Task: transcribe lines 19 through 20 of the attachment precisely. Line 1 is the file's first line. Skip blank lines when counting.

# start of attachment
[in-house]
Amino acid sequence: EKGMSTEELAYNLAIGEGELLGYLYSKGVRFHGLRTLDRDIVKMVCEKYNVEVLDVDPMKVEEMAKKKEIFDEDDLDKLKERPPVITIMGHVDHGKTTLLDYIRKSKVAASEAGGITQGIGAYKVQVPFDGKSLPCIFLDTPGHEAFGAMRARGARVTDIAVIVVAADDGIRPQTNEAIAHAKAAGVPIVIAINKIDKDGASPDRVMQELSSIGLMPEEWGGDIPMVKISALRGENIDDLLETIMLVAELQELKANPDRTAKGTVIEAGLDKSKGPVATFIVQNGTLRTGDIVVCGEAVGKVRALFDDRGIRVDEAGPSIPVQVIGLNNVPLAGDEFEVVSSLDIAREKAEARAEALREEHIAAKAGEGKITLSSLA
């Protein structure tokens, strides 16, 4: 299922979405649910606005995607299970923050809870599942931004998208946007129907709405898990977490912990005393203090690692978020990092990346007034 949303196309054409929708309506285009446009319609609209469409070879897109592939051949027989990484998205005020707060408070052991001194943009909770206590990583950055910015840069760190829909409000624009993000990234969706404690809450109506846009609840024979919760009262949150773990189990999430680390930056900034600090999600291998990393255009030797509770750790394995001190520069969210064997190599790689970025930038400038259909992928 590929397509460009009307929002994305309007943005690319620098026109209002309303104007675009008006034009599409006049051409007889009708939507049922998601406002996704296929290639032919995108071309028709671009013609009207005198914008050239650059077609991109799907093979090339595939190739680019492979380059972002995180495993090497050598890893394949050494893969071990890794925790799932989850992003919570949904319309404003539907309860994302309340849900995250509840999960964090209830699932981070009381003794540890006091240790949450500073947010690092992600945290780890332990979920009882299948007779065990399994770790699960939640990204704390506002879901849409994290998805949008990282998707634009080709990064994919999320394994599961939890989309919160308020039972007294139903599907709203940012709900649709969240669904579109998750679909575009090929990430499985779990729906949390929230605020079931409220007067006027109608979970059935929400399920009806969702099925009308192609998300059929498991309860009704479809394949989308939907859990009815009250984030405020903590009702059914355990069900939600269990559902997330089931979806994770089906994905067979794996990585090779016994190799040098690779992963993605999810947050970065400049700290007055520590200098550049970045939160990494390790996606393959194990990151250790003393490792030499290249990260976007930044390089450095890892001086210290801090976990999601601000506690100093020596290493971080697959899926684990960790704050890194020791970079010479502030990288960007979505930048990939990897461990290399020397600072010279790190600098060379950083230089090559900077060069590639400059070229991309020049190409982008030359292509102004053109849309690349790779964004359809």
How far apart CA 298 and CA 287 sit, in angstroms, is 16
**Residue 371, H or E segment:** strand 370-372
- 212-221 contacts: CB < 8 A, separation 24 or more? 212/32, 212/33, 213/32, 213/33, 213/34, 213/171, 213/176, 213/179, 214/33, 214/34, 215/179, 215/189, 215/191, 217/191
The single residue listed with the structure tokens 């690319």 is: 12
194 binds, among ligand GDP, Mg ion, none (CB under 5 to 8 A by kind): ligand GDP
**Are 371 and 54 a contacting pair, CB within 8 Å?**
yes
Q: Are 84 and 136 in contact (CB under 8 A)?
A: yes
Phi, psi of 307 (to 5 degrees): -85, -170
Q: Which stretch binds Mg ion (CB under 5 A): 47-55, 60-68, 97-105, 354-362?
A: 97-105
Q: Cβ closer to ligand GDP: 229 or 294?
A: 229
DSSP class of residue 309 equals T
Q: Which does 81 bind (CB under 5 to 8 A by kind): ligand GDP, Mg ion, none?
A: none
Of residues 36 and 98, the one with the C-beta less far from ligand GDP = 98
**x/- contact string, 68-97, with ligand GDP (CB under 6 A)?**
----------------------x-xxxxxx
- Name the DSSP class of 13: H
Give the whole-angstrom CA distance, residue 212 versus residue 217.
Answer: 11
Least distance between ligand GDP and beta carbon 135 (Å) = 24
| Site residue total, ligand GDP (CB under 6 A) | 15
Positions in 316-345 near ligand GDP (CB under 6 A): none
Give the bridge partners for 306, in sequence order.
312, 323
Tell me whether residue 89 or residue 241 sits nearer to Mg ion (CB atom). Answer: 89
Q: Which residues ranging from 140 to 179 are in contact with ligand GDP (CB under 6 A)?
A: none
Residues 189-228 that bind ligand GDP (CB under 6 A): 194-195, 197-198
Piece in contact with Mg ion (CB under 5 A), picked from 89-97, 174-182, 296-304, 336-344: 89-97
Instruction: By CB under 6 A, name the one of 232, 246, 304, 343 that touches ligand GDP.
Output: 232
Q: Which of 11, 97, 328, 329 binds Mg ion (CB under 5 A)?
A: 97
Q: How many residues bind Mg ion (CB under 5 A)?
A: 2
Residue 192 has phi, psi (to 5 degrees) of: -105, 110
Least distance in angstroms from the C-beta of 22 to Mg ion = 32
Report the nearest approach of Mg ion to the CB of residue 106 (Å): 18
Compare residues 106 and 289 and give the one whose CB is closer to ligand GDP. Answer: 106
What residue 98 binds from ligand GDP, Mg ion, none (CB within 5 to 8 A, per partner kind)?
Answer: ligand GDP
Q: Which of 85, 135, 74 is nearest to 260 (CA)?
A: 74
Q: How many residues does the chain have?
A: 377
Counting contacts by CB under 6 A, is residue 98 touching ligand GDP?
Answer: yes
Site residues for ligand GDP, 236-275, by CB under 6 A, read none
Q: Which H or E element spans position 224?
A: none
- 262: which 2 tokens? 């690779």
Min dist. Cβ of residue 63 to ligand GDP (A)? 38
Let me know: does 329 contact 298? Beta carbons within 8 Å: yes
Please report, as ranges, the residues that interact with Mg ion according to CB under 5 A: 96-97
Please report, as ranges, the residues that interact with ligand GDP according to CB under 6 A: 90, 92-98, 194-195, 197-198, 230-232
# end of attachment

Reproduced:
Q: Which does 81 bind (CB under 5 to 8 A by kind): ligand GDP, Mg ion, none?
A: none